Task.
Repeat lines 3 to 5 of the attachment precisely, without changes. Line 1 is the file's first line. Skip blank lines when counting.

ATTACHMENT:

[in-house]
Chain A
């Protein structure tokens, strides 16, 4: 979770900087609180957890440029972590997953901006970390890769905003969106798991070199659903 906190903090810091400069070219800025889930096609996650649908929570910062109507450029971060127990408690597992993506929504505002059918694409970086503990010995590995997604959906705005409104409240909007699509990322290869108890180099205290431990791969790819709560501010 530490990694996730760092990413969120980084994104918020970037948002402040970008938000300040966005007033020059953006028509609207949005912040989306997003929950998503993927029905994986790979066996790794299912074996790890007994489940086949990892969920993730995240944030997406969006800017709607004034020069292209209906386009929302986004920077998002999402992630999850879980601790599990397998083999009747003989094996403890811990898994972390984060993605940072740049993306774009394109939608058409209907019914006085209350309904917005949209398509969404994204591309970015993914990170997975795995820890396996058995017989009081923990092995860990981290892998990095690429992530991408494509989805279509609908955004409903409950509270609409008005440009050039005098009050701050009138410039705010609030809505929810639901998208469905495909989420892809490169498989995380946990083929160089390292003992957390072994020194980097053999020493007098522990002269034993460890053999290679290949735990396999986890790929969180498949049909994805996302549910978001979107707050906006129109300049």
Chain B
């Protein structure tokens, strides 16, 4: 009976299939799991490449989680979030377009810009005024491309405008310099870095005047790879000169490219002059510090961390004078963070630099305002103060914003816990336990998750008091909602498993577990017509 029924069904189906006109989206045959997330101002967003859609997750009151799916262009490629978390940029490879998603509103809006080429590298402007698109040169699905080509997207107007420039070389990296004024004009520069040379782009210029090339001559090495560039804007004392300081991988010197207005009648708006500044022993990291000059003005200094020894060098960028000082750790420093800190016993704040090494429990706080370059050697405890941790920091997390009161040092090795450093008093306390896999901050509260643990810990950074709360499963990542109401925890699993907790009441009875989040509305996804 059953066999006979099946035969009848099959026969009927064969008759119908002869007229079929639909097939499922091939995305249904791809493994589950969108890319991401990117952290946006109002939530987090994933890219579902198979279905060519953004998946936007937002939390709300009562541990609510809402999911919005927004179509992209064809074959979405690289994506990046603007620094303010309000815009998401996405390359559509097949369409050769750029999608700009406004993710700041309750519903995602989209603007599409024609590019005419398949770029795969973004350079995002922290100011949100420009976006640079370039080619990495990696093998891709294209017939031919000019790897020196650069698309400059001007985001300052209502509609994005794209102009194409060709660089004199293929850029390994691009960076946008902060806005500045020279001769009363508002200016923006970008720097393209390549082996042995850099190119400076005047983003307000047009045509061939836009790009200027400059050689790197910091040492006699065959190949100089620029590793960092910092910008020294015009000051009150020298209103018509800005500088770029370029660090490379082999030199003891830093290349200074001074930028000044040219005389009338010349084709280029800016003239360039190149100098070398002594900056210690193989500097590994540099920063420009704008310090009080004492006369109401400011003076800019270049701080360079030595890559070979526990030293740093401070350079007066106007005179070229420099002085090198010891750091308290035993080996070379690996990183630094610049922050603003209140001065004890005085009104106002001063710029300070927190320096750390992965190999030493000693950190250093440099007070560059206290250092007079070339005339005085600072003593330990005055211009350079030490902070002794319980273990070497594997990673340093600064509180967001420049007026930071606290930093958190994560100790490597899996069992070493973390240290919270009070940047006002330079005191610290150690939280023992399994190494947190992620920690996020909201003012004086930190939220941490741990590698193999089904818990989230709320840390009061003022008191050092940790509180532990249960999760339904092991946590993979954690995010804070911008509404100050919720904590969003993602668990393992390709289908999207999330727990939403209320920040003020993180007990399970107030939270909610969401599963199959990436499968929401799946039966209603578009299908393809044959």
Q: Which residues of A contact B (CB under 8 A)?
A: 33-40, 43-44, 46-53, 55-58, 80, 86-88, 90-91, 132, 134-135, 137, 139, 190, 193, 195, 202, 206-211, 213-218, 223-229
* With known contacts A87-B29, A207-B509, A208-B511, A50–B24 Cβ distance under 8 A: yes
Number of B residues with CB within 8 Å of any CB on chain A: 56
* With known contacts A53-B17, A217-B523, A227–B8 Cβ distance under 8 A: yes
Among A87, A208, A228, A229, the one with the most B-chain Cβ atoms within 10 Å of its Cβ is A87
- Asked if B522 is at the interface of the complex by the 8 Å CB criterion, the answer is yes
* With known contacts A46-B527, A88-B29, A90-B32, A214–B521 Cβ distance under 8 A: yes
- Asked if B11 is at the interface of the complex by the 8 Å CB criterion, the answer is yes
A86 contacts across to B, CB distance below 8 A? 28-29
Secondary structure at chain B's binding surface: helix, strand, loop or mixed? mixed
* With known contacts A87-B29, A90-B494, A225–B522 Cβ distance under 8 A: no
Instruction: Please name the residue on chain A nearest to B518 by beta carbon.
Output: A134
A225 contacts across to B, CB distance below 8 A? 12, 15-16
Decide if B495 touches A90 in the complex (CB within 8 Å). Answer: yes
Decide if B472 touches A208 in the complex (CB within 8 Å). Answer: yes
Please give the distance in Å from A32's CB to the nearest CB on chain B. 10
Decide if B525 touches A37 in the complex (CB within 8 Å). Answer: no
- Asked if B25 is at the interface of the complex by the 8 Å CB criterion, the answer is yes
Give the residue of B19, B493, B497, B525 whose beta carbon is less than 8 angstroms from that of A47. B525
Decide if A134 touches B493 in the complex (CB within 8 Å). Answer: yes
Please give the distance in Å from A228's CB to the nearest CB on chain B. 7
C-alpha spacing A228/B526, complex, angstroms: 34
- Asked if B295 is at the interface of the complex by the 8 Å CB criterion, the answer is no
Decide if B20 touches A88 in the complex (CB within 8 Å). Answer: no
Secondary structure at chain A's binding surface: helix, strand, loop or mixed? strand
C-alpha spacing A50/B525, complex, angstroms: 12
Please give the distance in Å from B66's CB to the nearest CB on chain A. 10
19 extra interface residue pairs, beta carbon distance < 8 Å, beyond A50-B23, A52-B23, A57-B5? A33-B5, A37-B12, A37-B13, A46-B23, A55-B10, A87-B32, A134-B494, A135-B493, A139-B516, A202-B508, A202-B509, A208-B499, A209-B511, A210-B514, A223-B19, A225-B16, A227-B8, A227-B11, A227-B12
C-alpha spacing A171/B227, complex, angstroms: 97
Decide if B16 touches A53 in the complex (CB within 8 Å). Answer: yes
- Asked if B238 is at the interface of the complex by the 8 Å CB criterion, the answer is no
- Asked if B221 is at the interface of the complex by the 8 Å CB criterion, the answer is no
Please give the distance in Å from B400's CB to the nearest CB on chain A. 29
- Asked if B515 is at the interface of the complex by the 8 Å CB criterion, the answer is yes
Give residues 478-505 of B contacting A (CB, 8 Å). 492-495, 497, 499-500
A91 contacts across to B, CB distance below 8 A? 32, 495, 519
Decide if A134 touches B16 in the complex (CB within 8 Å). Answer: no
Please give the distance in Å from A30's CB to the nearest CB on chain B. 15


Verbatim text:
């Protein structure tokens, strides 16, 4: 979770900087609180957890440029972590997953901006970390890769905003969106798991070199659903 906190903090810091400069070219800025889930096609996650649908929570910062109507450029971060127990408690597992993506929504505002059918694409970086503990010995590995997604959906705005409104409240909007699509990322290869108890180099205290431990791969790819709560501010 530490990694996730760092990413969120980084994104918020970037948002402040970008938000300040966005007033020059953006028509609207949005912040989306997003929950998503993927029905994986790979066996790794299912074996790890007994489940086949990892969920993730995240944030997406969006800017709607004034020069292209209906386009929302986004920077998002999402992630999850879980601790599990397998083999009747003989094996403890811990898994972390984060993605940072740049993306774009394109939608058409209907019914006085209350309904917005949209398509969404994204591309970015993914990170997975795995820890396996058995017989009081923990092995860990981290892998990095690429992530991408494509989805279509609908955004409903409950509270609409008005440009050039005098009050701050009138410039705010609030809505929810639901998208469905495909989420892809490169498989995380946990083929160089390292003992957390072994020194980097053999020493007098522990002269034993460890053999290679290949735990396999986890790929969180498949049909994805996302549910978001979107707050906006129109300049």
Chain B
């Protein structure tokens, strides 16, 4: 009976299939799991490449989680979030377009810009005024491309405008310099870095005047790879000169490219002059510090961390004078963070630099305002103060914003816990336990998750008091909602498993577990017509 029924069904189906006109989206045959997330101002967003859609997750009151799916262009490629978390940029490879998603509103809006080429590298402007698109040169699905080509997207107007420039070389990296004024004009520069040379782009210029090339001559090495560039804007004392300081991988010197207005009648708006500044022993990291000059003005200094020894060098960028000082750790420093800190016993704040090494429990706080370059050697405890941790920091997390009161040092090795450093008093306390896999901050509260643990810990950074709360499963990542109401925890699993907790009441009875989040509305996804 059953066999006979099946035969009848099959026969009927064969008759119908002869007229079929639909097939499922091939995305249904791809493994589950969108890319991401990117952290946006109002939530987090994933890219579902198979279905060519953004998946936007937002939390709300009562541990609510809402999911919005927004179509992209064809074959979405690289994506990046603007620094303010309000815009998401996405390359559509097949369409050769750029999608700009406004993710700041309750519903995602989209603007599409024609590019005419398949770029795969973004350079995002922290100011949100420009976006640079370039080619990495990696093998891709294209017939031919000019790897020196650069698309400059001007985001300052209502509609994005794209102009194409060709660089004199293929850029390994691009960076946008902060806005500045020279001769009363508002200016923006970008720097393209390549082996042995850099190119400076005047983003307000047009045509061939836009790009200027400059050689790197910091040492006699065959190949100089620029590793960092910092910008020294015009000051009150020298209103018509800005500088770029370029660090490379082999030199003891830093290349200074001074930028000044040219005389009338010349084709280029800016003239360039190149100098070398002594900056210690193989500097590994540099920063420009704008310090009080004492006369109401400011003076800019270049701080360079030595890559070979526990030293740093401070350079007066106007005179070229420099002085090198010891750091308290035993080996070379690996990183630094610049922050603003209140001065004890005085009104106002001063710029300070927190320096750390992965190999030493000693950190250093440099007070560059206290250092007079070339005339005085600072003593330990005055211009350079030490902070002794319980273990070497594997990673340093600064509180967001420049007026930071606290930093958190994560100790490597899996069992070493973390240290919270009070940047006002330079005191610290150690939280023992399994190494947190992620920690996020909201003012004086930190939220941490741990590698193999089904818990989230709320840390009061003022008191050092940790509180532990249960999760339904092991946590993979954690995010804070911008509404100050919720904590969003993602668990393992390709289908999207999330727990939403209320920040003020993180007990399970107030939270909610969401599963199959990436499968929401799946039966209603578009299908393809044959």